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Madison County state's attorney seeks to block new Illinois judicial election law

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Madison County (Civil) Courthouse

Madison County (Civil) Courthouse, Edwardsville.

EDWARDSVILLE — Madison County State’s Attorney Tom Haine filed a lawsuit Friday in an attempt to block what he called a “dubious” new Illinois law that requires judicial elections to be decided by voters in new sub-circuits rather than countywide.

Illinois GOP leaders have called the new law a judicial “power grab” in the Metro East county where much of the nation’s lucrative asbestos litigation is filed but voters have lurched to the right in recent elections.

The lawsuit followed a 21-2 vote last week at the Madison County board condemning the law and authorizing Haine, a Republican, to take legal action, the Edwardsville Intelligencer reported.

The law passed both chambers of the Democrat-dominated Illinois Legislature on Jan. 5, the same day an amendment inserting the judicial sub-circuit provision was added to a bill originally dealing with court security. Democratic Gov. J.B. Pritzker signed it two days later.

The bill’s sponsors argued the new sub-circuits would allow voters to choose more diverse judges in some counties.

But while most Illinois judicial circuits that had judicial sub-circuits added won’t use them to choose judges until 2024, the law takes immediate effect in the state’s Third Judicial Circuit covering Madison County, where two Republicans appointed to fill vacancies are up for election to full six-year terms in November.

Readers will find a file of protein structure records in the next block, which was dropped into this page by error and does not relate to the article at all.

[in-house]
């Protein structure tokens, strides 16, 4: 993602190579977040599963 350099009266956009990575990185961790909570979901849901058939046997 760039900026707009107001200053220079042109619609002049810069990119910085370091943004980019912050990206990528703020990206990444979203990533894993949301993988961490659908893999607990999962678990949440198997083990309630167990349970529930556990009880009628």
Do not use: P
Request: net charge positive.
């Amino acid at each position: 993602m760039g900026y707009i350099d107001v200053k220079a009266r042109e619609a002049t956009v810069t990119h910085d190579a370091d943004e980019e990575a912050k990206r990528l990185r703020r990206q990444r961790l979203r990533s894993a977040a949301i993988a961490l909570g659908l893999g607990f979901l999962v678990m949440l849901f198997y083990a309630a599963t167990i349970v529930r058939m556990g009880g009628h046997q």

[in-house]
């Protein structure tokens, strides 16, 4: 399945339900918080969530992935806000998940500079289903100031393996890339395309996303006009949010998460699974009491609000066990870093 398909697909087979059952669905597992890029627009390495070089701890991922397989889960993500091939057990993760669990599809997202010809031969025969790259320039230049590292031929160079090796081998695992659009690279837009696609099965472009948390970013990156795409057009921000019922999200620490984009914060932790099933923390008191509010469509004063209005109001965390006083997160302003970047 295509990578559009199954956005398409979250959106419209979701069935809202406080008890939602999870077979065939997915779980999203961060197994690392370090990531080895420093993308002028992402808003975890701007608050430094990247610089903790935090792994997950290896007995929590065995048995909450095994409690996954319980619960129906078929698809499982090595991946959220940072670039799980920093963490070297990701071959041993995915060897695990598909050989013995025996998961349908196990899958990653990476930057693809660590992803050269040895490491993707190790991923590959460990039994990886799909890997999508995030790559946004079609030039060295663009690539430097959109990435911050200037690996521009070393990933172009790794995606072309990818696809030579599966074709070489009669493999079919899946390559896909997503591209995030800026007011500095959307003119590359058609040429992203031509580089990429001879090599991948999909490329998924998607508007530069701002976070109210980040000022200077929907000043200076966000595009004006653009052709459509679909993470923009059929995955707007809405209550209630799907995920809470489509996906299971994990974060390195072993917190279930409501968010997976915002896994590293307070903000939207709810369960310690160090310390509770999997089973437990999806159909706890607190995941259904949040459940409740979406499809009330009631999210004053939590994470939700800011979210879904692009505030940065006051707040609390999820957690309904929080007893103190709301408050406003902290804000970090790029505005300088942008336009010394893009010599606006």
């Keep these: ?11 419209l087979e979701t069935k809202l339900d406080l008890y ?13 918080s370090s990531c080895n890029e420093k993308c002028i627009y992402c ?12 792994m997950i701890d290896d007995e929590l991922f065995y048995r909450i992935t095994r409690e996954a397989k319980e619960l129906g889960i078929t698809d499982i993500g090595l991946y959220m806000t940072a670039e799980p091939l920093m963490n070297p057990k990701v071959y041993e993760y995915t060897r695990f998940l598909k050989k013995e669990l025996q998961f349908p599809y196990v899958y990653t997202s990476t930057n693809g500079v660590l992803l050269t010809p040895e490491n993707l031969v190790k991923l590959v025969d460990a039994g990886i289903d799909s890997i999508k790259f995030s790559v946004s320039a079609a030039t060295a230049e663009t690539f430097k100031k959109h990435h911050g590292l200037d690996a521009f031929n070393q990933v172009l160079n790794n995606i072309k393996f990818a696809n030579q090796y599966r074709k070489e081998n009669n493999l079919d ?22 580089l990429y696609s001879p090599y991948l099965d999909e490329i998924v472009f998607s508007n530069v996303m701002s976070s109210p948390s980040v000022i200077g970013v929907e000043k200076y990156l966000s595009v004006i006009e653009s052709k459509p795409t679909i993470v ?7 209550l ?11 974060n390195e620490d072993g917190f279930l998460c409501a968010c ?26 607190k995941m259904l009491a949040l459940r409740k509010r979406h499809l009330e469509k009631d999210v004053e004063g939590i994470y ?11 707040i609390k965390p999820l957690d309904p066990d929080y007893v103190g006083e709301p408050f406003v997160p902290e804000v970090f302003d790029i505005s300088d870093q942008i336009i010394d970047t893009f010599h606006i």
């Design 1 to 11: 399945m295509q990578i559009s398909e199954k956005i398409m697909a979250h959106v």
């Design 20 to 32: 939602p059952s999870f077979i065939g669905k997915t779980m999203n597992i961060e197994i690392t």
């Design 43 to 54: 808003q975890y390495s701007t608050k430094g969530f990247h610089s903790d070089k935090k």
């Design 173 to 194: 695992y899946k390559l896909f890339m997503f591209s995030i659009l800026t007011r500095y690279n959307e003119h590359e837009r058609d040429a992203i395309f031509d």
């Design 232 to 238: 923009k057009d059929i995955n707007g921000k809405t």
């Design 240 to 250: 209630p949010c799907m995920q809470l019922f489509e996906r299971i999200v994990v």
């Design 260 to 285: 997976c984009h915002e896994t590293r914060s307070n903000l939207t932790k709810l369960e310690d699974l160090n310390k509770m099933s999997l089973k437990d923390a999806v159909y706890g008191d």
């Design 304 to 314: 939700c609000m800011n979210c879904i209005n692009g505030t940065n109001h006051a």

“This sub-circuit law has serious Constitutional issues and is being rushed forward in a reckless way,” Haine said in a statement Saturday. “We are arguing that a pause is warranted here to let clearer heads prevail. With this pause, our upcoming 2022 judicial elections can be held countywide, as they have always been, while the courts closely review this very dubious new sub-circuit scheme.”

Under the law, the next three Madison County judges would be chosen by voters in a sub-circuit hugging the Mississippi River from Alton to Granite City, considered a strongly Democratic area. The two Republican judges running in 2022, Amy Sholar and Christopher Threlkeld, also have to move to the new sub-circuit to run to retain their judgeships.

Currently, Madison County voters elect eight judges at large in the county. Bond County, which is also in the Third Judicial Circuit, elects one judge.

After the first sub-circuit elections for the next three judges, a second sub-circuit covering the more urban areas of Collinsville and Edwardsville would select the next three.

A third sub-circuit covering much of the rural portions of Madison County would then select the next two judges. All three sub-circuits have between 88,000 and 90,000 people, according to Haine’s lawsuit.

”No explanation is provided in the act for the disenfranchisement of the 3rd sub-circuit, which assigns only two resident judgeships even though the population is substantially similar to the 1st and 2nd sub-circuits,” Haine’s lawsuit says.

Haine argues the act used out-of-date precincts to draw the new sub-circuits. He also argues that the immediate application will confuse voters, and that voter registration cards that don’t contain the new sub-circuit information have already been processed and reviewed by the Madison County clerk.

Madison County, for years a Democratic bastion, has moved to the right since 2016. But the county is big business for plaintiff firms in the multimillion-dollar asbestos litigation industry.

In 2020, more asbestos lawsuits were filed there than anywhere else in the country, according to consulting firm KCIC. Its so-called rocket docket is set up to resolve asbestos claims quickly, and the largest firms in the industry are based in the St. Louis region, including the Gori Law Firm and Simmons Hanly Conroy.

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